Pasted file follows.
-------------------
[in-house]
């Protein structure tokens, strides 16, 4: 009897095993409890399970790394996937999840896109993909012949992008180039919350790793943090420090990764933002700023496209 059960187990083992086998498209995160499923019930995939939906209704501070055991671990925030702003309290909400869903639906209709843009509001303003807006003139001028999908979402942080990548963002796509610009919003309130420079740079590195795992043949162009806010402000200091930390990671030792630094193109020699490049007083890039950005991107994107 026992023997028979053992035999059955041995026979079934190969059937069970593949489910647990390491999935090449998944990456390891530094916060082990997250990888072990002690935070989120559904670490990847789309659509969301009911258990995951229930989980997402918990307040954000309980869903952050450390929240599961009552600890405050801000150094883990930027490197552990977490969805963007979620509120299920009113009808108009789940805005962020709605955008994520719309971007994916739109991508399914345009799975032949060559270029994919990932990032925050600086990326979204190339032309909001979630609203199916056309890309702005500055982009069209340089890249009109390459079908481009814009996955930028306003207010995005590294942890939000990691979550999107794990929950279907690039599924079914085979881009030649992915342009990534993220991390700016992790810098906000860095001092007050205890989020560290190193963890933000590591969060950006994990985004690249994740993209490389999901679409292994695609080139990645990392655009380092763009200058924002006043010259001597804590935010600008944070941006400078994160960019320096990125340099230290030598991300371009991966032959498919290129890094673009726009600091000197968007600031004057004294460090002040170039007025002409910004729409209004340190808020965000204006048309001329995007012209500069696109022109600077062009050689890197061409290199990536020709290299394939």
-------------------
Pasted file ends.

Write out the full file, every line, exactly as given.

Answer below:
[in-house]
């Protein structure tokens, strides 16, 4: 009897095993409890399970790394996937999840896109993909012949992008180039919350790793943090420090990764933002700023496209 059960187990083992086998498209995160499923019930995939939906209704501070055991671990925030702003309290909400869903639906209709843009509001303003807006003139001028999908979402942080990548963002796509610009919003309130420079740079590195795992043949162009806010402000200091930390990671030792630094193109020699490049007083890039950005991107994107 026992023997028979053992035999059955041995026979079934190969059937069970593949489910647990390491999935090449998944990456390891530094916060082990997250990888072990002690935070989120559904670490990847789309659509969301009911258990995951229930989980997402918990307040954000309980869903952050450390929240599961009552600890405050801000150094883990930027490197552990977490969805963007979620509120299920009113009808108009789940805005962020709605955008994520719309971007994916739109991508399914345009799975032949060559270029994919990932990032925050600086990326979204190339032309909001979630609203199916056309890309702005500055982009069209340089890249009109390459079908481009814009996955930028306003207010995005590294942890939000990691979550999107794990929950279907690039599924079914085979881009030649992915342009990534993220991390700016992790810098906000860095001092007050205890989020560290190193963890933000590591969060950006994990985004690249994740993209490389999901679409292994695609080139990645990392655009380092763009200058924002006043010259001597804590935010600008944070941006400078994160960019320096990125340099230290030598991300371009991966032959498919290129890094673009726009600091000197968007600031004057004294460090002040170039007025002409910004729409209004340190808020965000204006048309001329995007012209500069696109022109600077062009050689890197061409290199990536020709290299394939």